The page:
Who is Tokugawa Yoshiatsu? Eldest Brother of the last Shogun


About Tokugawa Yoshiatsu:

Tokugawa Yoshiatsu(1832 – 1868) was the 10th feudal lord (Daimyo in Japanese, head of state) of the Mito Province of Japan. The place name Mito still remains as the capital city of Ibaraki Prefecture. It is about 150 km away from today’s Tokyo. As Yoshiatsu’s family name “Tokugawa” shows, he is from the family which ruled Japan for more than 250 years, starting from the famous samurai lord Tokugawa Ieyasu in 1603 to 1868. The last Shogun (top of the samurai government, essential kings of Japan) who returned the powers to the imperial family of Japan in 1868, was Tokugawa Yoshinobu, one of the younger brothers of Yoshiatsu. Later this year, Yoshiatsu died of illness at the age of 37.

Life of Yoshiatsu:

Yoshiatsu was born in 1832 as the eldest son of Tokugawa Nariaki, the lord of Mito Province renown for establishing the great garden of Kairakuen and educational center Kodokan in Mito City. Nariaki had three daughters before having Yoshiatsu, so he was a long-awaited son for the Mito lord’s family because only boys were allowed to succeed the position of land lord. His childhood name was Tsuruchiyomar0, meaning long life and elegant like a Japanese crane (Japanese upper class families used to use childhood names until they reached adulthood).

When Yoshiatsu’s father, Nariaki, carried out political actions to oppress Buddhism and promote Shintoism in the Mito Province, the Shogunate (central government in Edo, today’s Tokyo) ordered Nariaki to step down from the lord of Mito and be under house arrest. As a result, Yoshiatsu became lord of Mito Province in 1844, but he was still 12 years of age at this time, so officials were appointed to lead the province government until 1849.

In 1864, the Mito Rebellion (also known as the Tengu Clan Rebellion) occured, where Mito Province samurai soldiers rose in opposition to the Shogunate, supporting the imperial family and policy to expel foreigner powers from Japan. At first, Yoshiatsu supported this movement, but when the Shogunate ordered strong measures to suppress the rebellion, Yoshiatsu sided with the Shogunate. The rebellion was eventually stopped, but this left confusion and anger among some Mito officials. Conservative parties (called Shosei party in Japanese) rose to power after the this rebellion, but in 1868, Tokugawa Yoshinobu, Yoshiatsu’s younger brother who had already been appointed as the 15th and final Shogun, advised him that the conservatives should be controlled. Yoshiatsu agreed to this advice, but the survivors of the Mito Rebellion carried out extreme retaliation, killing not only the families of the conservatives but also those who held neutral stances.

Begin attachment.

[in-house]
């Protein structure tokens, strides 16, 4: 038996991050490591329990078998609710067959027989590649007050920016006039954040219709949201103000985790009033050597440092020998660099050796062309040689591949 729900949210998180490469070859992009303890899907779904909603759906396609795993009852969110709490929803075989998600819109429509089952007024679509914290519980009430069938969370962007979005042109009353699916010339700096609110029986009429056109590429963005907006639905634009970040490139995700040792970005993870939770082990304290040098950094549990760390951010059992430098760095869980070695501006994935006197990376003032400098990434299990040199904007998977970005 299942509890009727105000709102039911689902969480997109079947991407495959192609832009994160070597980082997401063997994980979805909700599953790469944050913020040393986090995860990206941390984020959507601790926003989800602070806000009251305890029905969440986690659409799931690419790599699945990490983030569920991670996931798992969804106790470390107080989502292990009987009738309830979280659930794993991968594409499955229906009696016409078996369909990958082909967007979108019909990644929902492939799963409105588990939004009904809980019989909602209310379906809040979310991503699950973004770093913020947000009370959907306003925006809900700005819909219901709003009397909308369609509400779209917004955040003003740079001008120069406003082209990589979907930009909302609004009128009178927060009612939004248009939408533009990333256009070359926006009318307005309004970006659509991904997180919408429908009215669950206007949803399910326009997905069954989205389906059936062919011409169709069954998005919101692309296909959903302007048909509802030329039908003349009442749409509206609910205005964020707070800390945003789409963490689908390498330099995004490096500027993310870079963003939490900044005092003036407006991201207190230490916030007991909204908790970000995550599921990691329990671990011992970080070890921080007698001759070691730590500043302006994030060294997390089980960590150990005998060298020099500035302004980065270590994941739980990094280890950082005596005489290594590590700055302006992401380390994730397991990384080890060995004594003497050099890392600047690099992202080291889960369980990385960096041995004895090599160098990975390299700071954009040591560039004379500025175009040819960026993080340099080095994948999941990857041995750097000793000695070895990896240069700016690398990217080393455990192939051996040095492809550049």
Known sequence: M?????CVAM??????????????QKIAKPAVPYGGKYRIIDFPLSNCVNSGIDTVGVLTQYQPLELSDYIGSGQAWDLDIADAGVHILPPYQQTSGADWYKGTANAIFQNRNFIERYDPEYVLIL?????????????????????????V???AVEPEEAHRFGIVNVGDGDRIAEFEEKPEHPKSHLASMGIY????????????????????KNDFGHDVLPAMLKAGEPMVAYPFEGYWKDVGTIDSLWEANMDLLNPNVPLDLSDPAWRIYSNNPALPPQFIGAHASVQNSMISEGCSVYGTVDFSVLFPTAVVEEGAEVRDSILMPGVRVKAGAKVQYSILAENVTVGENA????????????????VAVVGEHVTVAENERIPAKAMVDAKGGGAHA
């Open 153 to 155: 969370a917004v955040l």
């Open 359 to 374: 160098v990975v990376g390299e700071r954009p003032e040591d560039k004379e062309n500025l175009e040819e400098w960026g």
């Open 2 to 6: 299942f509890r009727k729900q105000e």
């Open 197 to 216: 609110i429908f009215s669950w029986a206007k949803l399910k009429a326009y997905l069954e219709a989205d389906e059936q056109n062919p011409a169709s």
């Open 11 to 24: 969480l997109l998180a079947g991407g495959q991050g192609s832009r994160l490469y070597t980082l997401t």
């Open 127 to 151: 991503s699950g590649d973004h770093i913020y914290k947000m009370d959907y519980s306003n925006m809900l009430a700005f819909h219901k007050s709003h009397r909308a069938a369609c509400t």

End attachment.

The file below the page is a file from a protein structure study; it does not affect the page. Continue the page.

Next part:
In the midst of this confusion, Yoshiatsu died in the Mito Castle due to illness at the age of 37. After his death, his eldest son Atsuyoshi was still 13, so one of the younger brothers of Yoshiatsu and Yoshinobu (last Shogun), Akitake who had already succeeded the head of Shimizu Tokugawa family was brought back to the Mito family and became 11th lord of the Mito Province. During the years of Akitake as lord of Mito Province, the Province system had been abolished in the Meiji Restoration, but Yoshiatsu’s eldest son Atsuyoshi succeeded the head of Mito Tokugawa family after the retirement of Akitake. Yoshiatsu’s second son Atsumori was sent to the Shimizu Tokugawa family to become head of family which was an empty position after Akitake had left the Shimizu Tokugawa family.


In the final years of his rule of Mito Province, Yoshiatsu’s had a difficult position in between the radical Tengu party and the conservative Shosei party. At one point, Yoshiatsu answered “Yokarou” (“That seems well” in Japanese) to all queries, so he was called the “Yokarou-sama” (lord-Yokarou) behind his back (yes-man).

Yoshiatsu died a few months after the return of power to the imperial family by the Tokugawa Shogun family. He always worried about his younger brother, Yoshinobu, who became the last Shogun, and Yoshinobu always had his original Mito family in mind, frequently communicating with his brother and sometimes dispatching officials of the Shogunate to help the Mito Province.

His Family:

  • Father: Nariaki, 9th lord of Mito Province
  • Mother: Yoshiko, from imperial family
  • Siblings:
    • Yoshinori: 12th lord of Tottori Province
    • Yoshinobu: 15th Shogun
    • Naoyoshi: 6th lord of Kawagoe Province
    • Mochimasa: 9th lord of Okayama Province
    • Takeakira: 4th lord of Hamada Province
    • Tsunauji: 11th lord of Kitsuregawa Province
    • Akitake: 6th head of Shimizu Tokugawa family, later 11th lord of Mito Province
    • Sakako: Married to 8th lord of Uwajima Province, Date Munenari
  • Primary wife: Takako, from the imperial family
  • Concubines:
    • Keiko
    • Kiyoko
    • Shuko
  • Children:
    • Eldest son, Atsuyoshi: 12th head of Mito Tokugawa Family
    • 2nd son, Atsumori: 7th head of Shimizu Tokugawa Family
    • Eldest daughter, Yoriko: Married to 14th lord of Tokushima, Hachisuka Mochiaki

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